The university buildings were all modernly equipped. Also on campus were several large libraries for reading, studying, and printing, as well as numerous dining options and the Fitness and Recreation Center. This was really impressive. In addition to a modern, top-equipped fitness studio, there was also a swimming pool, basketball courts, squash and tennis courts, a running track and other rooms on 4 floors that were available for the many sports courses.
During the semester the university organized various activities for all students or especially for international students. Examples are evenings with free ice cream, Halloween “Trick or Treat around the World” with different sweets from all over the world or a typical American Thanksgiving Dinner. All activities are voluntary and the university staff have always made every effort to organize everything perfectly.
Business in a Changing Society (Prof. Halfond)
Overall an interesting course, but I expected something different from the topic. It was mainly a business ethics course, I personally missed out on critical issues and possible problems in the future. The professor is super nice and can explain things well. The grading is based on attendance, (short) homework to be given weekly, two tests and a final paper and is very good in most cases.
Introduction to American Management, Culture and Institutions (Prof. Halfond)
Also an interesting but not overly demanding course on US history, culture and politics. The grade is determined by two short papers (5-6 pages) and attendance, it is very easy to get an A or A-.
Consumer Behavior (Prof. Santino)
In this course, an A is guaranteed for very little effort, but otherwise I cannot recommend the course because I learned absolutely nothing new. Mr. Santino is actually a likeable and always helpful professor. Grading is based on weekly homework, a written comparison of two advertisements, an individual case study, 2 exams and a final team project. What sounds like a lot right away were very small projects and all of them were awarded an A without exception.
Calculus I (Kezim)
Very good course, the prof is able to explain in an understandable way but has a pretty fast pace. However, with some prior knowledge, you can get along well. Prof. Kezim is a personable, funny and pleasant lecturer. The grade is determined by smaller tests, two mid-term exams and the final exam.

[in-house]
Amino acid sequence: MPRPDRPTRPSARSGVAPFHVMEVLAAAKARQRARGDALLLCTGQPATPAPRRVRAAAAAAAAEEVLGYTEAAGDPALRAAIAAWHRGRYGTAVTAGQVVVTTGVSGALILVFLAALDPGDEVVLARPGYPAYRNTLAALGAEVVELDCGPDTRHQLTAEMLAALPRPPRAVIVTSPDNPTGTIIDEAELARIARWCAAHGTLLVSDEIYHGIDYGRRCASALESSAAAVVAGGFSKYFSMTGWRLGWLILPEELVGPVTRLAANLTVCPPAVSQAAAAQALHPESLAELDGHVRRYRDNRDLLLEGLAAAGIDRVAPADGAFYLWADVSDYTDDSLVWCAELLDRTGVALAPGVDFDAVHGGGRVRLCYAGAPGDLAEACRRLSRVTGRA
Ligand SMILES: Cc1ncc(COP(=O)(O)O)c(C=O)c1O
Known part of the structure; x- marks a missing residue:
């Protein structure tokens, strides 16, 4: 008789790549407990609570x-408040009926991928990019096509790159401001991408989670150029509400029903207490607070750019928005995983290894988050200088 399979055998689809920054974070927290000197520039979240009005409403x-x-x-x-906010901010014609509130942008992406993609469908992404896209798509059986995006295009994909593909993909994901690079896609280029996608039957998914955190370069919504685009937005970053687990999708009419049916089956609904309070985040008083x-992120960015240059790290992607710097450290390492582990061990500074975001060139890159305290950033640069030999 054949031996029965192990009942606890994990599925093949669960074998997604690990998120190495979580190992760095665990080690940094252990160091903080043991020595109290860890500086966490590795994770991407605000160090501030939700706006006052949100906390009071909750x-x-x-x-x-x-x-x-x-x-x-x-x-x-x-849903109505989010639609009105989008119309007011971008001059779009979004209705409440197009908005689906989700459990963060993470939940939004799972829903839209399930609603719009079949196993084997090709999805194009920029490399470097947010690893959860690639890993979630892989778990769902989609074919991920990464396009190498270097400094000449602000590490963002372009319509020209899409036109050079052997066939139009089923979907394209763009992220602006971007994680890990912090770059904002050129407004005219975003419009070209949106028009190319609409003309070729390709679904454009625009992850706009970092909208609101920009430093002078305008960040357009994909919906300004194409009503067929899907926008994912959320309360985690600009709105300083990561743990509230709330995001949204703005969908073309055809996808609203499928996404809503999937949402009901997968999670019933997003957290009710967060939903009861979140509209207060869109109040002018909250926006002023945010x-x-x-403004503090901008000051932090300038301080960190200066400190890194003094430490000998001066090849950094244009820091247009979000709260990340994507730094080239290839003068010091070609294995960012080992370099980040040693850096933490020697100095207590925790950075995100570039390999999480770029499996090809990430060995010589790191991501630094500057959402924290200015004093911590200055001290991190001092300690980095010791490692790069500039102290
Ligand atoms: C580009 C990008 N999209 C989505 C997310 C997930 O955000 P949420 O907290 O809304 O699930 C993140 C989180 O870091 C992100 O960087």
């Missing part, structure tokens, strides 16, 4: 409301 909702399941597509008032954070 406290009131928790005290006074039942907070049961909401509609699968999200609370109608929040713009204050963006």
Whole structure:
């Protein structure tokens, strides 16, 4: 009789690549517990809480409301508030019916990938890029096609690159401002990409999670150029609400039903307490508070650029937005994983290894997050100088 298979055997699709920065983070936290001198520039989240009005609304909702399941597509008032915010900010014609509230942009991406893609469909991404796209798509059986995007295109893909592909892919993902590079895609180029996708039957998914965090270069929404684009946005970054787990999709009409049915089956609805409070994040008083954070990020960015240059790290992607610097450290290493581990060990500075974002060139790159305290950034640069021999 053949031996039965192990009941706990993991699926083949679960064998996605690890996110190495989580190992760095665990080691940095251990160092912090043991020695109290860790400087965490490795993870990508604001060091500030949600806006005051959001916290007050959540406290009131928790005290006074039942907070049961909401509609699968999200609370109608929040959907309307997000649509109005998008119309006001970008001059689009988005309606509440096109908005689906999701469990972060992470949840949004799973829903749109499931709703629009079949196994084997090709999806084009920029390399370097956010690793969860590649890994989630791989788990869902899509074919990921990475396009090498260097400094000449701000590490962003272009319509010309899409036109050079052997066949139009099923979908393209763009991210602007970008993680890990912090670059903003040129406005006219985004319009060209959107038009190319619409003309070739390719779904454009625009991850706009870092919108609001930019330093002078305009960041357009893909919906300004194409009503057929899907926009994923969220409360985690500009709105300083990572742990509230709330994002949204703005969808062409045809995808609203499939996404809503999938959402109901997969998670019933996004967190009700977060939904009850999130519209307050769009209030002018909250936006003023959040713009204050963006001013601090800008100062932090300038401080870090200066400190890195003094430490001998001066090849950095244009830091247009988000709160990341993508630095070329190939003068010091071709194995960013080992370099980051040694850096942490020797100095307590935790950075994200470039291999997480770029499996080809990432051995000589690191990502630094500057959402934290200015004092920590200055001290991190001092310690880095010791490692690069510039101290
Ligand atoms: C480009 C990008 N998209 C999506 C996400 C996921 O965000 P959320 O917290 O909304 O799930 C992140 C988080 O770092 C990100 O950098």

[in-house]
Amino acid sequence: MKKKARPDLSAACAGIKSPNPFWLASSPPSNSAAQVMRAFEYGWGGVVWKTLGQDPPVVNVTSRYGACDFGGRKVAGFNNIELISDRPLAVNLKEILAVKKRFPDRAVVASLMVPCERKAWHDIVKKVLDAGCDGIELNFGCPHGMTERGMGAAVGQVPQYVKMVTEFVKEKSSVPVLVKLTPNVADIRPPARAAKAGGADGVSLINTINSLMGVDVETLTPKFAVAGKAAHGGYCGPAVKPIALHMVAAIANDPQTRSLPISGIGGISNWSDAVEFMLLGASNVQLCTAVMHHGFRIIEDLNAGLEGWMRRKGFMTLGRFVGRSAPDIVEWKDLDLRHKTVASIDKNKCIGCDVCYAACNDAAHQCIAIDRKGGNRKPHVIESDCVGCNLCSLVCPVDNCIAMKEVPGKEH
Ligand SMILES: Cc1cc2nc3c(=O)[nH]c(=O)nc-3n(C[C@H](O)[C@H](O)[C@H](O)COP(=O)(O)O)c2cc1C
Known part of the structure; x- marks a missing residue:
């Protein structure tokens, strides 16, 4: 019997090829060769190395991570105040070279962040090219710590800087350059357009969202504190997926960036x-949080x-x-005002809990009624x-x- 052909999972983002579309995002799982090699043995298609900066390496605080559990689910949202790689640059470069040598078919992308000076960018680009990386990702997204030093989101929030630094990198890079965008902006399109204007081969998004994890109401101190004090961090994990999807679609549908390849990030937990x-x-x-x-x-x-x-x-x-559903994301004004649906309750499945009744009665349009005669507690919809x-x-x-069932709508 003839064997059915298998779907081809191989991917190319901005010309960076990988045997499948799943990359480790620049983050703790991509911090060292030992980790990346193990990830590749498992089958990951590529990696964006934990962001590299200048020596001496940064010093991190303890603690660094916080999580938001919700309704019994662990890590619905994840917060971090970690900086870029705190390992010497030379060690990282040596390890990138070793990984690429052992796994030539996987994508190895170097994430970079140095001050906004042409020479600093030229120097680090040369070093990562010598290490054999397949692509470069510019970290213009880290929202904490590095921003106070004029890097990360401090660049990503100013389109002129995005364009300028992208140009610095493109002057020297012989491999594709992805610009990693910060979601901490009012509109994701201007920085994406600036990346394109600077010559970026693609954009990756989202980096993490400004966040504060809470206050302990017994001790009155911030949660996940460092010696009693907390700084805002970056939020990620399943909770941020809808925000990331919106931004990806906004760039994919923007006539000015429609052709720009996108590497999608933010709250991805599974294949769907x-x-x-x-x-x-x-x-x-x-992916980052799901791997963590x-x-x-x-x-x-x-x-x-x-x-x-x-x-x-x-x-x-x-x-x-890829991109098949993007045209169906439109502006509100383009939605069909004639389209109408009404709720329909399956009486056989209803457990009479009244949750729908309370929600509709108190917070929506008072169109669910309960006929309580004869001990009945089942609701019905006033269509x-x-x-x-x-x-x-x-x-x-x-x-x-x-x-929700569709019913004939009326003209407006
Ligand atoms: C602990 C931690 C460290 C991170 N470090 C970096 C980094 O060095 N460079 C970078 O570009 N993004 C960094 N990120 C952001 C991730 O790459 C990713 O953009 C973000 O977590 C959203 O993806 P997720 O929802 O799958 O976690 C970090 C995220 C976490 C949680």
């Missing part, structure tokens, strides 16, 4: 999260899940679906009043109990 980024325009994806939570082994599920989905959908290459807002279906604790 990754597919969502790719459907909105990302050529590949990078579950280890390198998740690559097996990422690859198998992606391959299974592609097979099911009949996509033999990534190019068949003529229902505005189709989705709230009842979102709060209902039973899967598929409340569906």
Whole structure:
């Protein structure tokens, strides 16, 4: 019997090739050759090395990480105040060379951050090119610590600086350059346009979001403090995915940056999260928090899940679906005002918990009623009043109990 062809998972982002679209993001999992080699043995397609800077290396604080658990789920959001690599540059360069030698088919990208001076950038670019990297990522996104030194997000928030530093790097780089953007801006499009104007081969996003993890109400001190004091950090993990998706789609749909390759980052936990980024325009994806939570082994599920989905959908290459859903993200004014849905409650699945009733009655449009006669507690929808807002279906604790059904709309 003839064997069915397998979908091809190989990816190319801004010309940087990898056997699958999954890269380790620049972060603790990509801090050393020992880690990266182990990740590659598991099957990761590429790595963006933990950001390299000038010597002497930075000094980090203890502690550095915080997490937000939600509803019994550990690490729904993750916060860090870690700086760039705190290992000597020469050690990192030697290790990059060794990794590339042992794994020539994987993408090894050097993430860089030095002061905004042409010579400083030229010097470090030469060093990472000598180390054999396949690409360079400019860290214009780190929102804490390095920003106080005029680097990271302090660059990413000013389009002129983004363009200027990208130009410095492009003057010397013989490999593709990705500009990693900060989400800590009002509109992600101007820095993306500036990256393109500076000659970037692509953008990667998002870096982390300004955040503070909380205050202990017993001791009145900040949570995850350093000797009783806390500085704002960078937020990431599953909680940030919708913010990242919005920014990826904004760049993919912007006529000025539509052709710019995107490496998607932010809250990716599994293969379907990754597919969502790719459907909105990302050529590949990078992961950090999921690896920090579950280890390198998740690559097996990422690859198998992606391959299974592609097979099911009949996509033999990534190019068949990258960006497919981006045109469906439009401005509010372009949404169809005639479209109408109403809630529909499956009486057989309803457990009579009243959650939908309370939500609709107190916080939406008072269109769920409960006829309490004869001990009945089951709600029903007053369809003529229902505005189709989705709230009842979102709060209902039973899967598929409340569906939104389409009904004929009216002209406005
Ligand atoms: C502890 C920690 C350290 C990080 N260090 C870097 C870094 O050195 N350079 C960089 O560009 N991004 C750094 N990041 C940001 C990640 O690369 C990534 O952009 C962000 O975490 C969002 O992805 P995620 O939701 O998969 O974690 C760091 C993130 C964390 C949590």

Hatha Yoga for Beginners (Feldman)
To be recommended in itself, Mrs. Feldman introduces her students to the world of yoga week after week and I felt quite relaxed after each class. Overall, however, the course was too boring for me, which was more due to the sport itself than to the teacher.
- Haymarket: weekly market in Boston where you can find fruit, vegetables, meat and fish from local farmers at super cheap prices
- “Tavern in the Square” in Allston: every Thursday evening, this bar attracts many BU students, good prices and a cool location
- Borrow/buy books as early as possible via Amazon; the Barnes & Nobles bookstore on campus only had overpriced prices
All in all, I really enjoyed the semester abroad at Boston University and would recommend the BU to anyone. Boston is an impressive and extraordinarily beautiful city with lots of green space and lots of water. The atmosphere at Boston University cannot be compared to that at German universities. The students are all proud of their university and show this through a strong community, which is particularly visible at special events such as the popular ice hockey games or rivalries with other American universities.
The courses at the university are all very work-intensive, but in my opinion not as demanding as in Germany. The way of teaching reminded me of the German school system, since great importance was attached to attendance and participation in the courses.